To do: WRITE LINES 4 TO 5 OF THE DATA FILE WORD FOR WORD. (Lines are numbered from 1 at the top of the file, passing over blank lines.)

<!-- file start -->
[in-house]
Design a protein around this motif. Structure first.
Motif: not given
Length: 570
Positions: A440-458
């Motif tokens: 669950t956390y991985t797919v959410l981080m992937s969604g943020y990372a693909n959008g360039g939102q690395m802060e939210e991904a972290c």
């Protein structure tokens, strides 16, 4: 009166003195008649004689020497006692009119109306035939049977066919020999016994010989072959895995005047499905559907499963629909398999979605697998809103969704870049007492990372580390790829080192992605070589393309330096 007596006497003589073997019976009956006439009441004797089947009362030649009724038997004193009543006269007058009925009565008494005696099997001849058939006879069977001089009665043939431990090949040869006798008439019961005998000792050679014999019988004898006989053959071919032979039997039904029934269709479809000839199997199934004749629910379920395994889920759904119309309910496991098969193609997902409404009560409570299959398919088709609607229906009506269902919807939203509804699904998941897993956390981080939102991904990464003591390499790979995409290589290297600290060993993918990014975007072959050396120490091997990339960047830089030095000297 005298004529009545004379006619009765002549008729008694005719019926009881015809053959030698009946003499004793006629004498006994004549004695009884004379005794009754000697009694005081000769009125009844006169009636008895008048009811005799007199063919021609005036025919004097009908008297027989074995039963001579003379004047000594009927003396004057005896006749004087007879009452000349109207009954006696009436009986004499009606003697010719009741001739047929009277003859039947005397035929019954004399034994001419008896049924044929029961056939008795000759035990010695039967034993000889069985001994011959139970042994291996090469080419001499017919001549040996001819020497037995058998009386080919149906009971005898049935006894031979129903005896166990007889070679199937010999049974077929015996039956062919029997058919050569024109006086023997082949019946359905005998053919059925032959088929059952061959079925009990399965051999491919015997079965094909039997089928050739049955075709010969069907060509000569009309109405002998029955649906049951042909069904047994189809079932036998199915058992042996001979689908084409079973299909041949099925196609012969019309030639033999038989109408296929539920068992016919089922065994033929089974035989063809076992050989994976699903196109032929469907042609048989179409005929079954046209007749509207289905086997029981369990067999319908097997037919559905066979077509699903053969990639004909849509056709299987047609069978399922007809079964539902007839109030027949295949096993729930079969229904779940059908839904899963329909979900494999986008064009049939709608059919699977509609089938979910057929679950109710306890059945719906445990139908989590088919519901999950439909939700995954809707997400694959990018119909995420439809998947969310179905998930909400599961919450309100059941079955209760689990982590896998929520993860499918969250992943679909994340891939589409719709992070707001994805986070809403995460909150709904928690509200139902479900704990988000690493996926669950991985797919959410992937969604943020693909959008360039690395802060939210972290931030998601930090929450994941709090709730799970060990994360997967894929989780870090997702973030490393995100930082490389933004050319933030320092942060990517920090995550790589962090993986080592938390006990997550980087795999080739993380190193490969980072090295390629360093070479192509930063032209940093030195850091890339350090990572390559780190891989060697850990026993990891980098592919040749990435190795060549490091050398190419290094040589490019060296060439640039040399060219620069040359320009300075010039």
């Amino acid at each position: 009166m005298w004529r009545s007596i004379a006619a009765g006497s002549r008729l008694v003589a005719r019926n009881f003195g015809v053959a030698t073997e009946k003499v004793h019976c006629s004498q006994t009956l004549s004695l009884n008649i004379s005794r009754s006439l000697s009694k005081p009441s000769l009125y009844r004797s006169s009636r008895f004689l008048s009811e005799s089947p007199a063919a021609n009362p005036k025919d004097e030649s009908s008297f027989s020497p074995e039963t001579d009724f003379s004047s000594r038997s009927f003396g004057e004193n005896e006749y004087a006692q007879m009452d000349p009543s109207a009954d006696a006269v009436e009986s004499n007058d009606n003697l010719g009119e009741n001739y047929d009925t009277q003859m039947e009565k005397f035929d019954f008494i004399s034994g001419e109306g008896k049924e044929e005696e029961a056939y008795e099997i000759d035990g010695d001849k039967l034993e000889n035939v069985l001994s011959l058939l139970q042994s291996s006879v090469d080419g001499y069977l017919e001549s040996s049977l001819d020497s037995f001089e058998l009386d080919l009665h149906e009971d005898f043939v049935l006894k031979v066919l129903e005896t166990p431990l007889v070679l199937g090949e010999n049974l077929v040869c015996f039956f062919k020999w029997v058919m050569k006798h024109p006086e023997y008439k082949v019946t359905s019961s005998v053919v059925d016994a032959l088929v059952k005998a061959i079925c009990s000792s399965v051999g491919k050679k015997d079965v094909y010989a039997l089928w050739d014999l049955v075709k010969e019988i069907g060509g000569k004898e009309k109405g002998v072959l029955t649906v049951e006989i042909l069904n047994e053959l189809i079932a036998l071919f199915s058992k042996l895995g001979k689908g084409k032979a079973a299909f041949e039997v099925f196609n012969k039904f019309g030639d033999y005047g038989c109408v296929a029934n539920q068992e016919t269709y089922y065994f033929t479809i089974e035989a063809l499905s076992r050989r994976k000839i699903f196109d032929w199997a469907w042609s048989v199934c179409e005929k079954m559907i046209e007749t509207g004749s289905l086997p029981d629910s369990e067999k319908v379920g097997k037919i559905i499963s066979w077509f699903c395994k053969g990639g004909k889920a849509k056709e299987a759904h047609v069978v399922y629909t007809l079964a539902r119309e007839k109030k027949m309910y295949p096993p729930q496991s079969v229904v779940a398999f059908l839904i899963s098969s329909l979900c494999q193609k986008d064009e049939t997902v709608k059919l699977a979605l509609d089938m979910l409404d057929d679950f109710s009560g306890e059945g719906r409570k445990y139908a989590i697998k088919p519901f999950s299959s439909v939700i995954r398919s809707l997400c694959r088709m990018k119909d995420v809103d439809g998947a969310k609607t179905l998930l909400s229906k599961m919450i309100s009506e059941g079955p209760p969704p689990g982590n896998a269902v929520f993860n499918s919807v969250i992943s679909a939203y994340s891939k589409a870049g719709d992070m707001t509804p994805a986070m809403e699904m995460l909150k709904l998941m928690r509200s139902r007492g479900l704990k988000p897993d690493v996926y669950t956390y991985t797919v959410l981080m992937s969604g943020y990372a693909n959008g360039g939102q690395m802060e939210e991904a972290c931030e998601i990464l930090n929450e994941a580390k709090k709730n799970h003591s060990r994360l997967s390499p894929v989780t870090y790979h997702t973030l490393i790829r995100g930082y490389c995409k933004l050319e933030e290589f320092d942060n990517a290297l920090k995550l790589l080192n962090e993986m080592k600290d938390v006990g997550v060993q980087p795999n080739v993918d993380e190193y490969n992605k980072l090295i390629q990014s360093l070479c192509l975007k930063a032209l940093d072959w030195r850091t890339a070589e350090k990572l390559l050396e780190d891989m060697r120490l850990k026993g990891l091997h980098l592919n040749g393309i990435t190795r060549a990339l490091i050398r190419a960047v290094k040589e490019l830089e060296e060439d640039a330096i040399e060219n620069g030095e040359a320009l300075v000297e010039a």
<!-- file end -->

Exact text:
Length: 570
Positions: A440-458